Ovation of the Seas Entertainment & Activities
The two-deck Royal Theatre, located forward on Decks 4 and 5, seats 1,300 passengers and is a multi-purpose stage venue used for Broadway-style productions, 3D movies, comedy and other shows. Ovation debuted two new shows for Royal Caribbean. The Beautiful Dream is a feel-good song-and-dance show about a bereaved father who is visited by his late wife in a dream, which helps him come to terms with his loss and rediscover his zest for life. It features some fantastic special effects, including a fire-breathing dragon and steam train. Alternating with The Beautiful Dream is Live, Love, Legs, an all-singing, all-dancing Vegas-style spectacular with aerial acrobatics and slick choreography. Pixels is the third show, which combines special effects and pop music and is held in the multi-purpose venue Two70. It's worth making reservations for these exceptional productions, especially on shorter itineraries, or you could miss out.
The theatre hosts two shows nightly -- usually at 7 pm and 9 pm -- to fit in with passengers' preferred dining times. Acts on our cruise ranged from a magician to comedians and a talented musical theatre star. There is no need to book for these shows as the venue operates on a free seating basis. Generally, the later show attracts a smaller audience, so opt for this performance if you're in a big group and want to sit together.
Royal Caribbean's Quantum ships really shook up recreation on the ocean waves with a number of first-at-sea innovations, the largest of which is SeaPlex. The largest sports complex at sea is a huge, versatile area that offers a non-stop program of fun and games for all ages. The heart of SeaPlex is the arena; depending of the time of day, it undergoes a metamorphosis from a basketball court into a roller-skating rink and, most novel of all, a bumper-car circuit. For passengers who want to fly through the air with the greatest of ease, there is also a circus school with trapeze classes held over an air-filled mat. Children need to be six years or older to take part in this activity.
"SeaPods" which are small rooms for getting together with friends and family, are located around the arena on the second deck of SeaPlex. Gamers can play Xbox or participate in more traditional games such as air hockey (although, unlike the other activities, this attracts a $US1(A$1.30) per game charge). This area is also a good spot to watch the roller-skating sessions, which run for around half an hour at a time, with consecutive slots overlapping by 15 minutes. You need a pair of socks to participate and skaters of all ages must wear wrist guards, knee pads, elbow pads and a helmet. Don't forget to sign the waiver form and collect your wristband at the desk near the entrance to the rink prior to lining up at the equipment counter. Arrive five minutes or so before the skating is due to start to get a wristband for the first half-hour session. Children under six must be accompanied on the rink by a parent at all times (thankfully, these grown-ups are not required to wear skates). Children under 13 must be supervised by an adult who can either join them for a skate or watch from the sidelines.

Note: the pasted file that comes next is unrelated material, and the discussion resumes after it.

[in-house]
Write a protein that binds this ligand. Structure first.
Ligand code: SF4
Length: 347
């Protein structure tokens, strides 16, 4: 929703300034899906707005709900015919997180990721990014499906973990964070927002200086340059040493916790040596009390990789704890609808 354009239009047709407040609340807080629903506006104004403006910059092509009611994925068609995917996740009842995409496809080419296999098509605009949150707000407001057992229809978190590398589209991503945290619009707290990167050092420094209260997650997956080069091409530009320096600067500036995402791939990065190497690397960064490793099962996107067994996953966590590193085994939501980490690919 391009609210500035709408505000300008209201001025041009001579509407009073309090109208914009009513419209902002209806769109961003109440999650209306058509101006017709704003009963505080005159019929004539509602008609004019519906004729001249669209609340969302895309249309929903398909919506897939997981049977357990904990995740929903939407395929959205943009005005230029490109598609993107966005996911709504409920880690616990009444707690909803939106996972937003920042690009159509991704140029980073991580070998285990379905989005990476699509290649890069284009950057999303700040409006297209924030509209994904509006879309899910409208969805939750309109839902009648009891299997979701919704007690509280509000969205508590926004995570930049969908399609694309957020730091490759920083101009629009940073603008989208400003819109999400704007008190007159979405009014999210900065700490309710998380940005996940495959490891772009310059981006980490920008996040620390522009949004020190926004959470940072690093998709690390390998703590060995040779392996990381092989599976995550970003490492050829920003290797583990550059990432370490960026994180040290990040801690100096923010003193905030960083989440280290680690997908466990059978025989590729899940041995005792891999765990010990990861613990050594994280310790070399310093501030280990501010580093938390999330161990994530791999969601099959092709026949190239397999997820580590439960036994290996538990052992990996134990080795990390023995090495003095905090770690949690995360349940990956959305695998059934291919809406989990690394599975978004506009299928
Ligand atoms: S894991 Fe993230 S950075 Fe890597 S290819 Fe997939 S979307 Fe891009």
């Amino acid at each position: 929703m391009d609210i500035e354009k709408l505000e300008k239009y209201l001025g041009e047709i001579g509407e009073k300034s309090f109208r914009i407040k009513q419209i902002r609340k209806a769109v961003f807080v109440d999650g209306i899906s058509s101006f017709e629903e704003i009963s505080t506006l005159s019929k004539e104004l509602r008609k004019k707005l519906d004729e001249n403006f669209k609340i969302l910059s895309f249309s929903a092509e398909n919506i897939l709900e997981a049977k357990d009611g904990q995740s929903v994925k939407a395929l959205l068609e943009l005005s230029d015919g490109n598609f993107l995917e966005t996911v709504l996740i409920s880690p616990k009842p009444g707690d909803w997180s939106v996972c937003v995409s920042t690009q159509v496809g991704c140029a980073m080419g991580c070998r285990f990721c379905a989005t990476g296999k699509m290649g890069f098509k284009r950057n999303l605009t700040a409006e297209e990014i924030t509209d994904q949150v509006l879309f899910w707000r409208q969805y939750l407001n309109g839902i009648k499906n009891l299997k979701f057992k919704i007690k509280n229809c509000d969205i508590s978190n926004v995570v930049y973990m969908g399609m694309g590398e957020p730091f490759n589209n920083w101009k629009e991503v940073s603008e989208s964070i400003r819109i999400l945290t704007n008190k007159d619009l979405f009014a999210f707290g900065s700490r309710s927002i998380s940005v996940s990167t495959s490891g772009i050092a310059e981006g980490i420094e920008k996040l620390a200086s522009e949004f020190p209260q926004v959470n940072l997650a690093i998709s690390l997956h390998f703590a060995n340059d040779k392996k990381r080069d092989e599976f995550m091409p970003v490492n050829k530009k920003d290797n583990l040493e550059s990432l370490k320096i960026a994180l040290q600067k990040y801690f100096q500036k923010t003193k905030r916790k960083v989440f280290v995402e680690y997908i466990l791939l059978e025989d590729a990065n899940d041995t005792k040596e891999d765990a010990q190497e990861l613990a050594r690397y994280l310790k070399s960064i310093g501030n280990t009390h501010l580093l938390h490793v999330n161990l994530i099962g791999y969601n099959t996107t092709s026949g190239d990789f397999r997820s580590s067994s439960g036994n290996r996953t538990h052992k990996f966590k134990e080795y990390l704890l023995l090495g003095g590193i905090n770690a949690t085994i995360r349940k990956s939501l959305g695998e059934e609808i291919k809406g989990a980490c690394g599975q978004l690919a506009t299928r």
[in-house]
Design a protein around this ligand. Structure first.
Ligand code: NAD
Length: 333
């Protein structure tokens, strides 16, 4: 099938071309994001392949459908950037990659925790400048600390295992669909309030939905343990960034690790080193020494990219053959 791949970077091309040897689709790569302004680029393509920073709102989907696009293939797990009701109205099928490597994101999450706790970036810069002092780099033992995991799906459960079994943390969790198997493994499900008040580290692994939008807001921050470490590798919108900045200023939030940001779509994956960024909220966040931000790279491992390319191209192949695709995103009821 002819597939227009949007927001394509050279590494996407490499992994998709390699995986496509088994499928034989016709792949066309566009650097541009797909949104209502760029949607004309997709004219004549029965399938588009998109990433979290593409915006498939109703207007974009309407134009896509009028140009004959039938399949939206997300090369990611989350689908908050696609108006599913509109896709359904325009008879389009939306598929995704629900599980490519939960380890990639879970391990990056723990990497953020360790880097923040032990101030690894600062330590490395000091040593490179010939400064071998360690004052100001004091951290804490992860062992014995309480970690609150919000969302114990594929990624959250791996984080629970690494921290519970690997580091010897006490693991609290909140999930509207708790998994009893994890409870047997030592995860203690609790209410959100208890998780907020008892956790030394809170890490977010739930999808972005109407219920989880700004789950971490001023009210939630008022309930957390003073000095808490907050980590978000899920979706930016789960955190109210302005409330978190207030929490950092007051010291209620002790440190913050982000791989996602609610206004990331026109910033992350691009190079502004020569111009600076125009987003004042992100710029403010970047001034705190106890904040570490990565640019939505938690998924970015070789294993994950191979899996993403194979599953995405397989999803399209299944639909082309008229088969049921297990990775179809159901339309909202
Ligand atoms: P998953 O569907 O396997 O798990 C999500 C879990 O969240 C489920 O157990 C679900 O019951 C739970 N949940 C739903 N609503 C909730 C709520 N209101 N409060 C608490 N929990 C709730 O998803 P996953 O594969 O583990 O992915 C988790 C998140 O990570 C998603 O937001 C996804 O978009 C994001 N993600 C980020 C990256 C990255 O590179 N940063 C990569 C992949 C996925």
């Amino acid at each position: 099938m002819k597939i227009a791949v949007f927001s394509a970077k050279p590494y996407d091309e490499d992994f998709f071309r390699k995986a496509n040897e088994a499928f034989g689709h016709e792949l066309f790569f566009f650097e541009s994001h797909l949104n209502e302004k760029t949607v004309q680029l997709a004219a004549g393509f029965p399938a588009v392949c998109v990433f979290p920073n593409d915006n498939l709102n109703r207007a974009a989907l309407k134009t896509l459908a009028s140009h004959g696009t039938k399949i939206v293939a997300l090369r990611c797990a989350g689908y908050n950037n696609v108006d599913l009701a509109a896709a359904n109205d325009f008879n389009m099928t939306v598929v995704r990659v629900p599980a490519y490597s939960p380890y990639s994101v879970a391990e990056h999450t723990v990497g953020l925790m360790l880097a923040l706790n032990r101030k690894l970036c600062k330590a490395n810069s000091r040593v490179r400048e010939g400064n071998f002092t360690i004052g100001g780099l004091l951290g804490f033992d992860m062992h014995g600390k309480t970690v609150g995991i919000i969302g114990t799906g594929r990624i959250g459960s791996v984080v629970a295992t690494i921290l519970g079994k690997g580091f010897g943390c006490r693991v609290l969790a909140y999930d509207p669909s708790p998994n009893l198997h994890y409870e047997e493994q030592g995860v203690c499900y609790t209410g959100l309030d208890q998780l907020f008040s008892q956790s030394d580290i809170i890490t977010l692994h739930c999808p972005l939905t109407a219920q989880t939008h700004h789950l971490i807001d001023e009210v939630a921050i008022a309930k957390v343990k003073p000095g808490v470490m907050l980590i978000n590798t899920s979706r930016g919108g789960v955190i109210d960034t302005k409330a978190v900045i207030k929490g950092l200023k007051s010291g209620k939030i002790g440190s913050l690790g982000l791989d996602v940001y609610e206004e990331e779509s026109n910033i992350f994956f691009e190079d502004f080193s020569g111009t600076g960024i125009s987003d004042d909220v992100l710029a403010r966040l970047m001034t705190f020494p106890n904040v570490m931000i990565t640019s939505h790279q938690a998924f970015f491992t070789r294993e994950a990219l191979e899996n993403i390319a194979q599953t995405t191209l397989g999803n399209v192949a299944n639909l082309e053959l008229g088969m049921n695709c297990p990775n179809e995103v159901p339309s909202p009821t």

Dodgem cars are available every day or two so youngsters and the young-at-heart can bump their way around the SeaPlex. Children must be at least 5 years old and 1.06 metres (42 inches) tall to ride; those aged under nine must be accompanied by an adult. While the queue for this activity can feel slow moving at times, it is worth the wait. Smart cruisers who lined up around 20 minutes before the bumper car session was due to begin had virtually no wait when the ride opened; others who arrived later waited up to an hour. It is worth noting that those passengers staying in a suite can show their SeaPass card and ride the bumper cars without queuing. Unfortunately, this policy wasn't made known to non-suite passengers in the long, long line who became understandably upset about those 'pushing in' and riding multiple times. Is this fair? We're not sure but we did feel sorry for those who were challenged. Nearby, the Challenger's Arcade, linked to SeaPlex, is packed with (for-a-fee) video games. If you buy your child a capped $US20 (A$26) or equivalent pass for the arcade, be warned that additional games will automatically be charged to your child's card
Throughout the day, a wide variety of activities -- creative, mental and physical -- are held across the ship in areas such as the Music Hall and Two70. (The latter venue takes its name from the sweeping 270-degree views offered during the day.) The Workshop, located off the second deck of Two70, hosts craft sessions, such as jewellery making and scrapbooking; and Sudoku is available at any time from the library, also next to Two70 on Deck 6. Passengers can challenge their grey matter with Puzzle Break where teams try to "escape" from a room by solving clues. Puzzle Break can only be booked onboard via the Royal IQ app or guest services. In addition to pool games, there is also Zumba, bingo and trivia quizzes. Don't miss the contemporary dance classes such as hip-hop run by the onboard dancers. Even if you have two left feet, they're a lot of fun. Check the daily program for times and venues.
Regular events are also held for solo passengers with the aim of fostering new friendships, such as a daily singles and solo travellers lunch, which takes place in Two70.
When the sun goes down, there's as much to do as there is during daylight hours. The biggest problem is deciding what to do, where to go and how to fit everything in during the cruise. From smooth Latin sounds to classic rock, passengers can dance and tap their feet to tunes from around the world, or grab their own share of the limelight in a karaoke session. Aside from a Calypso steel drum band or classical pianist in the nautical inspired Schooner Bar, our only disappointment was the lack of live music available during the cocktail hour.